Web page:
-Artist Shaun Thurston

It’s not a far stretch of the imagination to believe art has a positive affect on communities. In a recently released video, local artist Shaun Thurston shares through his own words – and artwork – why public art matters.

“Artwork, I hope, makes people feel inspired,” he says. “It can make them feel loved and appreciated, and that can add to a sense of community.” The video chronicles the spring installation of Thurston‘s mural above Chamblin’s Uptown & Cafe on Laura Street, as part of DVI’s Laura Street Facade Grant Program in conjunction with the Cultural Council of Greater Jacksonville‘s “Art in Public Places” initiative:

DVI’s Laura Street Façade Grant Program, a matching grant program established in 2011 to provide economic incentive for property and business owners to improve building facades and storefronts. – See more at:
a matching grant program established in 2011 to provide economic incentive for property and business owners to improve building facades and storefronts. – See more at:
a matching grant program established in 2011 to provide economic incentive for property and business owners to improve building facades and storefronts. – See more at:

According to the American Society of Landscape Architects, public art fosters community appreciation and attachment:

 “The Knight Foundation’s Soul of the Community initiative surveyed some 43,000 people in 43 cities and found that “social offerings, openness and welcome-ness,” and, importantly, the “aesthetics of a place – its art, parks, and green spaces,” ranked higher than education, safety, and the local economy as a “driver of attachment.” Indeed, the same story may be playing out locally in Philly: a survey of local residents found that viewing public art was the 2nd most popular activity in the city, ranking above hiking and biking.”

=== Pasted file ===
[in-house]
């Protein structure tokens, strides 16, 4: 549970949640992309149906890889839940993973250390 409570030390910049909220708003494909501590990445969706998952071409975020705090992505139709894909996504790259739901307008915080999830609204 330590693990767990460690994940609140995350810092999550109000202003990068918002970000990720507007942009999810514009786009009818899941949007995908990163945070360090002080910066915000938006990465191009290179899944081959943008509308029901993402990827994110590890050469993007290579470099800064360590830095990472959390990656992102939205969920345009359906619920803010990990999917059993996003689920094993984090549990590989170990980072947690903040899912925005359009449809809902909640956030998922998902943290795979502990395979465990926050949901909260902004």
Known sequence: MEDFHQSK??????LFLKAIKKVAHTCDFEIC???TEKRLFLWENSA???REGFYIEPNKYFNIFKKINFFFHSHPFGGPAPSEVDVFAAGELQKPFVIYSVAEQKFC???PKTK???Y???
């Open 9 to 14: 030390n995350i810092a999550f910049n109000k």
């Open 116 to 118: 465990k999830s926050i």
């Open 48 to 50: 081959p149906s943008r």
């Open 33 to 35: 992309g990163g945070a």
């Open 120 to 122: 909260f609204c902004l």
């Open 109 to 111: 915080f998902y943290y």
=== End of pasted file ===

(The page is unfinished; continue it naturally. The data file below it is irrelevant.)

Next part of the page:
With Downtown Jacksonville’s public art boom underway, we’re one step – and a few murals – closer to a more robust city center. For even more progress on North Florida’s largest art gallery, known simply as “Downtown Jacksonville,” check out the Yates parking garage photo gallery.

by: Katherine Hardwick in Spotlight No Comments  

There’s a flourishing district within a district in our Downtown that you may not be aware of. A creative cluster of marketing agencies, photography and illustration studios and design firms has sprung up within The Elbow, Downtown’s nightlife and entertainment district.

One staple of this creative district is The Connect Agency, owned and operated by veteran marketer and DVI board member, John Ream. Take some time to talk to John about his Downtown experience and you’ll learn that his slice of Downtown—a beautiful brick building along Bay Street—has proven just as flexible as his agency’s approach to marketing and communications solutions.

John bought the building in 2005 at 131 E. Bay Street, during the excitement and anticipation leading up to the Super Bowl. Looking past the plaster walls, drop down ceilings and green shag carpet while touring the space, he was drawn to the brick walls, wooden beams and floors that lay beneath. Creative by nature, he envisioned what the space could become. And, during the Super Bowl, John sold barbeque, beer and wine out of the first floor to help generate revenue for the renovations.